Friday, February 6, 2009

"He Loved Him"

Children. I love to watch children play, communicate, manipulate the things around them. Everything is so basic, so simple. They're only concerns are for food, warmth, sleep, being dry and being loved. You keep a child fed, warm and dry and sit them in a corner and they will still complain. Why? Although their physical needs are being satisfied, they still want someones affection. They want to know they are loved. It's a basic need.

I've been reading through the Gospels lately. I love Mark. He didn't waste words or ideas. He's basic in his writing but in fewer words he packs a punch. I have to flip back to Matthew to get the whole picture sometimes, to see why Mark did or didn't add the details. I always go back to Mark and find he saw Jesus through the eyes of basic of human needs.

For instance, look at Mark 10:17-31. It's the story of "The Rich Young Man." If you've gone to church for any length of time you know this story by heart. The rich man asks Jesus what he must do to inherit eternal life (v17). Jesus reminds him of the commandments. The man states he has kept all of them since he was a young boy. Jesus says, yeah but you lack one thing and asks him to sell all of his treasures and follow him. The man doesn't want to, hangs his head and goes back home. Then Jesus states the famous line, "It is easier for a camel to go through the eye of a needle than for a rich man to enter the kingdom of God" (v 25). Yadda, yadda, yadda.

What amazes me is how Mark includes a description of how Jesus paused before answering this young man about what he was lacking. Verse 21 Mark says, "Jesus looked at him AND LOVED HIM." Wow! That boggles my mind! Jesus addressed the heart issue of this young man who needed assurance of Jesus' love for him before he reproached him with the truth of his heart.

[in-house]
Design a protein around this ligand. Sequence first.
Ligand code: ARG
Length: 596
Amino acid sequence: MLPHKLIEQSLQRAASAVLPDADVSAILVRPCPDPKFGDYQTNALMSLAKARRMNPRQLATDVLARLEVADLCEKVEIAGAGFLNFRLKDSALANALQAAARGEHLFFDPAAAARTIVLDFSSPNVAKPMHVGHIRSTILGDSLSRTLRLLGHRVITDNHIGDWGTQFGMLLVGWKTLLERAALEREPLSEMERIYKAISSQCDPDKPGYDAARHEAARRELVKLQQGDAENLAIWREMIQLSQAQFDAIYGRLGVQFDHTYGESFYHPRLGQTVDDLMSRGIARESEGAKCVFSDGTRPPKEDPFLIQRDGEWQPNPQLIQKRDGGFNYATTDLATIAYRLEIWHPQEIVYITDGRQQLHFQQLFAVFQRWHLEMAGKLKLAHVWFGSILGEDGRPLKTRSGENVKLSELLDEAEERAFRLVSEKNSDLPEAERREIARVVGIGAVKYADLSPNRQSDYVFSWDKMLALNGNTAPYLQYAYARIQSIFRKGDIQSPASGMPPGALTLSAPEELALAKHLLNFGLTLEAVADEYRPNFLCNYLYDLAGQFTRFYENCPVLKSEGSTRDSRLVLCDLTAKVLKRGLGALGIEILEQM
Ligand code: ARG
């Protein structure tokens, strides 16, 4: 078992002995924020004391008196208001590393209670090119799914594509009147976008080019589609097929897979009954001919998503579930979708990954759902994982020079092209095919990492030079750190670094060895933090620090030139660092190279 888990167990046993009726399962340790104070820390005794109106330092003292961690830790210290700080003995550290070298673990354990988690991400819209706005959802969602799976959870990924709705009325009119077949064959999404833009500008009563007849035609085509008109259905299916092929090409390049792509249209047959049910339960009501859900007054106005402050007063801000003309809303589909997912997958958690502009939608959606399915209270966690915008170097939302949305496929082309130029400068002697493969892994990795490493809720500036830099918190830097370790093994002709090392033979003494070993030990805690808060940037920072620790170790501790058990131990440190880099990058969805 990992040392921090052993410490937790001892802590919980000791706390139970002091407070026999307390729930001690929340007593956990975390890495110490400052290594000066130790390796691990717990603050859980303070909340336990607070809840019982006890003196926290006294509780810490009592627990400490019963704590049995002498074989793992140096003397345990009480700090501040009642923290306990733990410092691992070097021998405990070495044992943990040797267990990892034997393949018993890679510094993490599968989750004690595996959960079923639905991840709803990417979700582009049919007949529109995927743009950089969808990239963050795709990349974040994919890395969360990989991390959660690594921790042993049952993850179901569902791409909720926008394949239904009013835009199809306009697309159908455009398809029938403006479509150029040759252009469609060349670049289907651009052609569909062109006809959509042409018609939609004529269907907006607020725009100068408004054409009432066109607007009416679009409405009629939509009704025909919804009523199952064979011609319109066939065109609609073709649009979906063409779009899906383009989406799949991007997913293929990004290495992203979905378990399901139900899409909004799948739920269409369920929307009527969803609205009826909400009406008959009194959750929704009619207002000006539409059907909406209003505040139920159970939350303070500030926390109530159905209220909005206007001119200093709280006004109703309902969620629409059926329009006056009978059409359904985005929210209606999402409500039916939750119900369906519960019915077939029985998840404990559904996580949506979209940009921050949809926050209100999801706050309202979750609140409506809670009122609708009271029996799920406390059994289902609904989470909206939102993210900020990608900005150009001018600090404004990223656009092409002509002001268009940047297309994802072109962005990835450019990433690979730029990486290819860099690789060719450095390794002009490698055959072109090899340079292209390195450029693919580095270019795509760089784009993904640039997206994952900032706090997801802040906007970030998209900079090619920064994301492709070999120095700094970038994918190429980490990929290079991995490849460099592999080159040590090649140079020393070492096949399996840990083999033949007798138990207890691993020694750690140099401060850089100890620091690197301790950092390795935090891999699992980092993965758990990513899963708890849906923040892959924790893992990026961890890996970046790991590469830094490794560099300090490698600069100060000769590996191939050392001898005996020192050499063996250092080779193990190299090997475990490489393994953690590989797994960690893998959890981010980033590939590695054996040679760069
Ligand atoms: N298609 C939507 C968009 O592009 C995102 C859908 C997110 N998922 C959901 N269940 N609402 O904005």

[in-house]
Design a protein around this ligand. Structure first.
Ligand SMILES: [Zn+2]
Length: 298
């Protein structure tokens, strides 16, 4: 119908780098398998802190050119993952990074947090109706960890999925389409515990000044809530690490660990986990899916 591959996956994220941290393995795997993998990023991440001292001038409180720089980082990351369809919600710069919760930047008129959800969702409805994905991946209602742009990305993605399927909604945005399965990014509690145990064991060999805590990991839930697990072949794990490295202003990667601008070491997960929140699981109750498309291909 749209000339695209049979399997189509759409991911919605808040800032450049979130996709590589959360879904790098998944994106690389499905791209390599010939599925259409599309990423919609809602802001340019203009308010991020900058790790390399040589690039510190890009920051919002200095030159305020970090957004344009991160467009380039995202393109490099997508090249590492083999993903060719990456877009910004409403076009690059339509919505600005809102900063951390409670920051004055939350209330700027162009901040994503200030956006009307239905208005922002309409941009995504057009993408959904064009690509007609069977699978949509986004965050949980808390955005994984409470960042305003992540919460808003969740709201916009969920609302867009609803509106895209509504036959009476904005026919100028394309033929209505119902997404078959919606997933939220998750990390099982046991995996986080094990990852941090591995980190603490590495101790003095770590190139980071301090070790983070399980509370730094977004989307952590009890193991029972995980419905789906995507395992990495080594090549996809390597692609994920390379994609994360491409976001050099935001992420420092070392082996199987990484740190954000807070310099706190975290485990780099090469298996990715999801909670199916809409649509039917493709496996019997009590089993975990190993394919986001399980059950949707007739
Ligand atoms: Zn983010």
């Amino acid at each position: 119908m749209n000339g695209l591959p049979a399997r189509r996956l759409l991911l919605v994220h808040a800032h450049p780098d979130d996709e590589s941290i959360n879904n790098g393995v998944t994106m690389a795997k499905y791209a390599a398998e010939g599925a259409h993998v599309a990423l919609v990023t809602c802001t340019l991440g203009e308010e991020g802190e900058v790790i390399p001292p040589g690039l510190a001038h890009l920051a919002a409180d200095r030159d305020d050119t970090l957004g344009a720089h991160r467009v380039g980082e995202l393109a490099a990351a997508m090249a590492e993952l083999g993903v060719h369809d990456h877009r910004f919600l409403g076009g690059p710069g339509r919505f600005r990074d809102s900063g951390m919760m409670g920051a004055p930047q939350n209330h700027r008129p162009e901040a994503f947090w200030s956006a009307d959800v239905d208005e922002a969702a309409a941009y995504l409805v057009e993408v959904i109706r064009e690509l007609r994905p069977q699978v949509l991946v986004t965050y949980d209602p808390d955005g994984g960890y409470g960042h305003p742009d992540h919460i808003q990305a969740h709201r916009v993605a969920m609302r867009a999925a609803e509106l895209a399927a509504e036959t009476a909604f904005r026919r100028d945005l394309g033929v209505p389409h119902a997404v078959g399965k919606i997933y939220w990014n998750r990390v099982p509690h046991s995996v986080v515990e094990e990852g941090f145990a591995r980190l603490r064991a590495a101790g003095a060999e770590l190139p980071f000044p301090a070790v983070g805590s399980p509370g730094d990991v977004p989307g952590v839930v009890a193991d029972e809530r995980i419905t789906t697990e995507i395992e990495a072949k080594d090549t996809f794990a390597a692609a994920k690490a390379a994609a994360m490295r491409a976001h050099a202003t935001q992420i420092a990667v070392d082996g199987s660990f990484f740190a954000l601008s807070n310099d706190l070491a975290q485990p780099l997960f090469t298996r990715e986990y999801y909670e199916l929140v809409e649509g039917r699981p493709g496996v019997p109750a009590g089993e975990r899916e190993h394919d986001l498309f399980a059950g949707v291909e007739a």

It's the same with our children, isn't it? Before we rebuke their behavior or their heart issues, don't they look at us as if to say, "Do you love me?" Do our children cry when being corrected because they don't want to be wrong or because they think they've fallen out of our good graces and our love? A little of both, I think. But, from my experience children can accept that they need to change a behavior as long as they know we love them irregardless of the change occurring.

How true that is for ourselves and our adult relationships. We all fail at righteousness. We all fail at perfection. There's always something we need to change. We all need to be held accountable for our behavior all of the time especially if we claim to love Christ. But, how fast are we to speak without pausing and looking our brother in the eye and LOVING HIM? How many times do we speak words of rejection, irritation, hate to one another before we stop and love one another as Jesus loved this man? Did Jesus' love for this man stop him from pointing out the problem with his faith? No. The truth must always be brought into the light. But, relationship with this man's heart was forefront in Jesus' mind as he delivered those tough words.

As to changing our behavior? That's not up to man to try to accomplish in himself or in his brother. Verse 27 Jesus says, "With man this is impossible, but not with God; all things are possible with God." Is Jesus saying we shouldn't strive to change or we don't need to change? No. He's saying it's a heart issue. It's impossible to change any sinful behavior within our own power. It's all about how much we give up of ourselves to the work of God in our hearts and lives.

Should we be accountable for wrong behavior and thinking? Absolutely. Should we show our brother that we love him even when we hate his behavior? Absolutely. Jesus does.

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